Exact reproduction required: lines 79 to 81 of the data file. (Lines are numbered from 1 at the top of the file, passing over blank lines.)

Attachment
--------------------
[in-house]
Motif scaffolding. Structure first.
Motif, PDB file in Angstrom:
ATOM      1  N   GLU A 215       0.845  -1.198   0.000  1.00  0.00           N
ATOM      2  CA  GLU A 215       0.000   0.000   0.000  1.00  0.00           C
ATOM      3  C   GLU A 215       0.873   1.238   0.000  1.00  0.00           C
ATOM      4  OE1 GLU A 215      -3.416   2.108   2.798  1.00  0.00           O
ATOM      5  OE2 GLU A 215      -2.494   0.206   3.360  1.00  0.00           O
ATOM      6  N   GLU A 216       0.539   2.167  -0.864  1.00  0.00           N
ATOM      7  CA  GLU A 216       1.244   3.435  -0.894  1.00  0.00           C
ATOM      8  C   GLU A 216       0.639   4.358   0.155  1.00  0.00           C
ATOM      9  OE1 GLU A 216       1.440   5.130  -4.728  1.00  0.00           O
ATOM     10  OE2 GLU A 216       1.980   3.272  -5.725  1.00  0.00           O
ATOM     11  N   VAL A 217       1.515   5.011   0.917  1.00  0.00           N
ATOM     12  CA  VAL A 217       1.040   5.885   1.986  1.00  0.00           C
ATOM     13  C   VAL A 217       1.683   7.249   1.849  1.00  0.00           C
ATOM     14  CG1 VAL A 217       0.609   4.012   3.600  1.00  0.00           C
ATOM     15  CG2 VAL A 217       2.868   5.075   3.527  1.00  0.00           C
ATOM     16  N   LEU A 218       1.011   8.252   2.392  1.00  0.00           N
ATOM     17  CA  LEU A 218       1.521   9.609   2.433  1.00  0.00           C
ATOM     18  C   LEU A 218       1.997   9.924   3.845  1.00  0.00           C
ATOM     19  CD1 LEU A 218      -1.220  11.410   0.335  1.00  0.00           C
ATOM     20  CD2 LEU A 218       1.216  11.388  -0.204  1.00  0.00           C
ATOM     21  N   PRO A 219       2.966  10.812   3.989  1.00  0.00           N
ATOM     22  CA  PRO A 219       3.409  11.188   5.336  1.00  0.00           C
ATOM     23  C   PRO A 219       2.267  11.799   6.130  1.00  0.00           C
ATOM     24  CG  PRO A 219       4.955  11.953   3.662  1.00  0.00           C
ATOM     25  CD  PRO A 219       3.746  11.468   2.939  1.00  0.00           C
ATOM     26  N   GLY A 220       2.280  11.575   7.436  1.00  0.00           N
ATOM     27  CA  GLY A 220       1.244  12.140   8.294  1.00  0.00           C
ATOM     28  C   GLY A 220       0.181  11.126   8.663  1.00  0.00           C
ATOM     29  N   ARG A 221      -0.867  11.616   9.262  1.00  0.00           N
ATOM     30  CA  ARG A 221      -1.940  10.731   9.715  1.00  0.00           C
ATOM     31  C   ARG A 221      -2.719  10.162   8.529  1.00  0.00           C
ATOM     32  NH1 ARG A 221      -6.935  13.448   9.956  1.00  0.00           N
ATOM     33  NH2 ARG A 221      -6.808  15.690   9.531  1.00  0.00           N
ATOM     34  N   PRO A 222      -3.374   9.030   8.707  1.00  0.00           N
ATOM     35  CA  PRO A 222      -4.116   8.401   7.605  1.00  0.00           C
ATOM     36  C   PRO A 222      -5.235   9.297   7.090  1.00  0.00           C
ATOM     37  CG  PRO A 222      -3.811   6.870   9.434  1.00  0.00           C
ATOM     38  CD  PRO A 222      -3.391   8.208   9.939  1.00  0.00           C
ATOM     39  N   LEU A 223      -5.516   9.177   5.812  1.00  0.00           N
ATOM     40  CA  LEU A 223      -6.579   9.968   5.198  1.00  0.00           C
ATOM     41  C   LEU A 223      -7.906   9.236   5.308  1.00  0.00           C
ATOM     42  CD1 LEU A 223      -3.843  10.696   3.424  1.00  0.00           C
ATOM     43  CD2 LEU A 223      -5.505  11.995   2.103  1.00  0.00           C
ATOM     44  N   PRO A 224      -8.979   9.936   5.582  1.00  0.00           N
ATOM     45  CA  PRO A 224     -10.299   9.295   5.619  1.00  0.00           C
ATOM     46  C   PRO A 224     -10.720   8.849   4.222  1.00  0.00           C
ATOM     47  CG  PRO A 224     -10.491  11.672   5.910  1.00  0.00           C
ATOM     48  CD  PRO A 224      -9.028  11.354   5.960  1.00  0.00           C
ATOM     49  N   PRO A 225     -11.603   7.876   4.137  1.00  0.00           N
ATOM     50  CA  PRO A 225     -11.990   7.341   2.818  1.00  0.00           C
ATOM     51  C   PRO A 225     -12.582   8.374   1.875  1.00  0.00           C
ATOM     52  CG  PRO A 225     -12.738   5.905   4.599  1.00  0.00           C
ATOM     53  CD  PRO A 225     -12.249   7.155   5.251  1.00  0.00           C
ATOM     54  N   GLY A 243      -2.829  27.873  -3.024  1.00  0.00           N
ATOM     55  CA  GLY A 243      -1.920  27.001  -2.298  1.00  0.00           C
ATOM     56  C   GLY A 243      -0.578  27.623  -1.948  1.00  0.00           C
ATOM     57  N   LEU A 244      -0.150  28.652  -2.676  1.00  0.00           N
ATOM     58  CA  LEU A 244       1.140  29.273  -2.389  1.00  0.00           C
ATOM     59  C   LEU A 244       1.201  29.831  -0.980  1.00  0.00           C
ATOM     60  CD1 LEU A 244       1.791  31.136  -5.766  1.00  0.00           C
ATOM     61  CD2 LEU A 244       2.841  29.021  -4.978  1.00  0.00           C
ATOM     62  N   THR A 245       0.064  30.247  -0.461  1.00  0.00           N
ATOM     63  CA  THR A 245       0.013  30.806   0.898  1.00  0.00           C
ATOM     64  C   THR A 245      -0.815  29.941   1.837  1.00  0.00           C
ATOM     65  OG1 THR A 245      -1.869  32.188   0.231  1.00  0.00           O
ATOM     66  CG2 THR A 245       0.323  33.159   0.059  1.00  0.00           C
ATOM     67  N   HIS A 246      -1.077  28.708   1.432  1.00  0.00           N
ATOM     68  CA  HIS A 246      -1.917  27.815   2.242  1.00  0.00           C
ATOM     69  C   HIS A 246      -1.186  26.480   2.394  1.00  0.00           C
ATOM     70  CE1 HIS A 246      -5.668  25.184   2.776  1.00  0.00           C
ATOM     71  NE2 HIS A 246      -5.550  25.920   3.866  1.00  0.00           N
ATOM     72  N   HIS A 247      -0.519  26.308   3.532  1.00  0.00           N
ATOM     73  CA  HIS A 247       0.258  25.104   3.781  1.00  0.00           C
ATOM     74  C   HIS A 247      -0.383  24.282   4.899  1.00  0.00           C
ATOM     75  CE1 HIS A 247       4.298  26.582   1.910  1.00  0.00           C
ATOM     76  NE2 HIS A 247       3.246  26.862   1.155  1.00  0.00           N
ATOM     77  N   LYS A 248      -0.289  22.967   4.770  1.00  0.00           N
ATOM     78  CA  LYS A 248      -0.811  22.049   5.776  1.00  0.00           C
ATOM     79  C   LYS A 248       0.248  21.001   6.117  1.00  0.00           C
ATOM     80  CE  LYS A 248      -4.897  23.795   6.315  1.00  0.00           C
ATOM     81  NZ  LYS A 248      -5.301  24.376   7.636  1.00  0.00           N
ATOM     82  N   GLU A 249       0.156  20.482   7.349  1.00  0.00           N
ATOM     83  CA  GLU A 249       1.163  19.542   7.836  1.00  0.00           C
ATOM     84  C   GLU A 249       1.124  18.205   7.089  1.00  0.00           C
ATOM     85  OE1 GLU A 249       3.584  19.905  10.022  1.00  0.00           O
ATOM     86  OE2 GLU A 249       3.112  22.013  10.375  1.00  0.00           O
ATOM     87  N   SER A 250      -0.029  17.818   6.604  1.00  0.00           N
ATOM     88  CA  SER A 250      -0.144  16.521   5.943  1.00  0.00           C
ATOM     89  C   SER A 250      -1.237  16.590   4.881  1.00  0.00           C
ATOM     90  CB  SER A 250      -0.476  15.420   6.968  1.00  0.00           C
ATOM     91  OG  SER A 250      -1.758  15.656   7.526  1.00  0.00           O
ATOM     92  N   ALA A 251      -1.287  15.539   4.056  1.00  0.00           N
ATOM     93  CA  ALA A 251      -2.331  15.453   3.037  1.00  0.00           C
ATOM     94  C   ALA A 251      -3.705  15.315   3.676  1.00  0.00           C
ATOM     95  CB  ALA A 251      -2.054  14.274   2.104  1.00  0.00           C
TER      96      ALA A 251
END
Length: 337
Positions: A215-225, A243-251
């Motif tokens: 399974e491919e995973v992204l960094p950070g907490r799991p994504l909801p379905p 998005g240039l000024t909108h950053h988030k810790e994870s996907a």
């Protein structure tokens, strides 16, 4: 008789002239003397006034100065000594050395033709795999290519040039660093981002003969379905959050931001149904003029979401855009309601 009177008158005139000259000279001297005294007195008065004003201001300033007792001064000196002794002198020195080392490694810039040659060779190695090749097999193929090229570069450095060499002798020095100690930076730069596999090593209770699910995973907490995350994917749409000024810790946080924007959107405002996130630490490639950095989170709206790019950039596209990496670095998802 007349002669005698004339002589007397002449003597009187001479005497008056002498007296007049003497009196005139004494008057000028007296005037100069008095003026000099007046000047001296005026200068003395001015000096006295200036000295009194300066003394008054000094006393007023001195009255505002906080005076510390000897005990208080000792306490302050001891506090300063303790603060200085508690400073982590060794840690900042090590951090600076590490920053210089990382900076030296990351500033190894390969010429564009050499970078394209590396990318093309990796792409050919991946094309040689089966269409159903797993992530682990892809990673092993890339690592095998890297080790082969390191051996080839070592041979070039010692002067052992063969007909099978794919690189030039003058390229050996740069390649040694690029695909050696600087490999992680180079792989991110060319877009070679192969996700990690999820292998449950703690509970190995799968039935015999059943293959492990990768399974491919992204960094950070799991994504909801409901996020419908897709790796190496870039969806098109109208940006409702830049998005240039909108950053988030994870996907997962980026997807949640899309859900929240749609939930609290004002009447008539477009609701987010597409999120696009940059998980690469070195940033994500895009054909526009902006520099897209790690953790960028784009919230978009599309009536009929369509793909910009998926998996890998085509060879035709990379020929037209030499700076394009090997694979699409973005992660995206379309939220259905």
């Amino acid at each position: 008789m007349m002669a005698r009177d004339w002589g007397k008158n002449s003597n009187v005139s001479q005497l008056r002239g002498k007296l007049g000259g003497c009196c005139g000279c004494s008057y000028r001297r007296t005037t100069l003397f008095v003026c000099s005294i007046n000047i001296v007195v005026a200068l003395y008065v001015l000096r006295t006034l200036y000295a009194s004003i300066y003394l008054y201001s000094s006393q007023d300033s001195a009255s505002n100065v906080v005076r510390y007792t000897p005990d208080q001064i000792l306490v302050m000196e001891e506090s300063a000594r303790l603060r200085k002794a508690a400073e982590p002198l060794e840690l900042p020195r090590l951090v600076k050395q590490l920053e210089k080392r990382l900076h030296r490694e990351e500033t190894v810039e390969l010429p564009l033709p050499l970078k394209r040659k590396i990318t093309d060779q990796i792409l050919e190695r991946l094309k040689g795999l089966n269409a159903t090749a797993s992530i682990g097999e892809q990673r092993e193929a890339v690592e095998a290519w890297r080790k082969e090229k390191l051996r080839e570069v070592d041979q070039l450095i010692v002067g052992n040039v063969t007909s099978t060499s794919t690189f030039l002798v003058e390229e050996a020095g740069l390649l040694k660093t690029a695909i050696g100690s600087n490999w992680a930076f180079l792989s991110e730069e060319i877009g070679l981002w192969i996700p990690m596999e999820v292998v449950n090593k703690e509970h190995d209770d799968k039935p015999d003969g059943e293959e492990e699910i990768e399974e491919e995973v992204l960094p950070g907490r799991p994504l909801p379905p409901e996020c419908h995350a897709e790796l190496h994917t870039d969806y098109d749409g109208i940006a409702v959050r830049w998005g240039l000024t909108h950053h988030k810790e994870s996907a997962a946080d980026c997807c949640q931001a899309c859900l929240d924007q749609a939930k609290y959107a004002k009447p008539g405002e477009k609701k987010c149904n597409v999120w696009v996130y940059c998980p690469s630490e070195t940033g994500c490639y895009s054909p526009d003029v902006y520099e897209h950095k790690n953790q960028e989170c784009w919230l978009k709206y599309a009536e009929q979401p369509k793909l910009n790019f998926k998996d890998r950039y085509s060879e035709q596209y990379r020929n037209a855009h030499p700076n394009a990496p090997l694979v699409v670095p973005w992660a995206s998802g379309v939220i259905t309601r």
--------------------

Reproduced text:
ATOM     76  NE2 HIS A 247       3.246  26.862   1.155  1.00  0.00           N
ATOM     77  N   LYS A 248      -0.289  22.967   4.770  1.00  0.00           N
ATOM     78  CA  LYS A 248      -0.811  22.049   5.776  1.00  0.00           C